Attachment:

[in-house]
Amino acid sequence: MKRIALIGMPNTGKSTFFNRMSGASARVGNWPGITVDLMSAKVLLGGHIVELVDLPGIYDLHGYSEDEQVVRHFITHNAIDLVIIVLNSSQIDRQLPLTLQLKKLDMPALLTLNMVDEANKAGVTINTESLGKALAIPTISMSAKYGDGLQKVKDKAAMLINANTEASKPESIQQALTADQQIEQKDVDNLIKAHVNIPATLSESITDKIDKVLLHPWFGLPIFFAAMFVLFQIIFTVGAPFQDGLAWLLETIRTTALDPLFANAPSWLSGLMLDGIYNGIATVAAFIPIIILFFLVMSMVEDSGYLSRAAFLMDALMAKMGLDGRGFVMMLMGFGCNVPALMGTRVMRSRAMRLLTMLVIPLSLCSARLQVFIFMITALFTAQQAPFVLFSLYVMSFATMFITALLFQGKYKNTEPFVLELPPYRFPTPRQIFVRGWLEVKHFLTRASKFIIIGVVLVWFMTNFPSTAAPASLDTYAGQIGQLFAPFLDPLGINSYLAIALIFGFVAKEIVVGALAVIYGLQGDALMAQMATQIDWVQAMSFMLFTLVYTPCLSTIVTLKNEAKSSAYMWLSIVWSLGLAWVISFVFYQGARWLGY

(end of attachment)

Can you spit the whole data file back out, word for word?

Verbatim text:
[in-house]
Amino acid sequence: MKRIALIGMPNTGKSTFFNRMSGASARVGNWPGITVDLMSAKVLLGGHIVELVDLPGIYDLHGYSEDEQVVRHFITHNAIDLVIIVLNSSQIDRQLPLTLQLKKLDMPALLTLNMVDEANKAGVTINTESLGKALAIPTISMSAKYGDGLQKVKDKAAMLINANTEASKPESIQQALTADQQIEQKDVDNLIKAHVNIPATLSESITDKIDKVLLHPWFGLPIFFAAMFVLFQIIFTVGAPFQDGLAWLLETIRTTALDPLFANAPSWLSGLMLDGIYNGIATVAAFIPIIILFFLVMSMVEDSGYLSRAAFLMDALMAKMGLDGRGFVMMLMGFGCNVPALMGTRVMRSRAMRLLTMLVIPLSLCSARLQVFIFMITALFTAQQAPFVLFSLYVMSFATMFITALLFQGKYKNTEPFVLELPPYRFPTPRQIFVRGWLEVKHFLTRASKFIIIGVVLVWFMTNFPSTAAPASLDTYAGQIGQLFAPFLDPLGINSYLAIALIFGFVAKEIVVGALAVIYGLQGDALMAQMATQIDWVQAMSFMLFTLVYTPCLSTIVTLKNEAKSSAYMWLSIVWSLGLAWVISFVFYQGARWLGY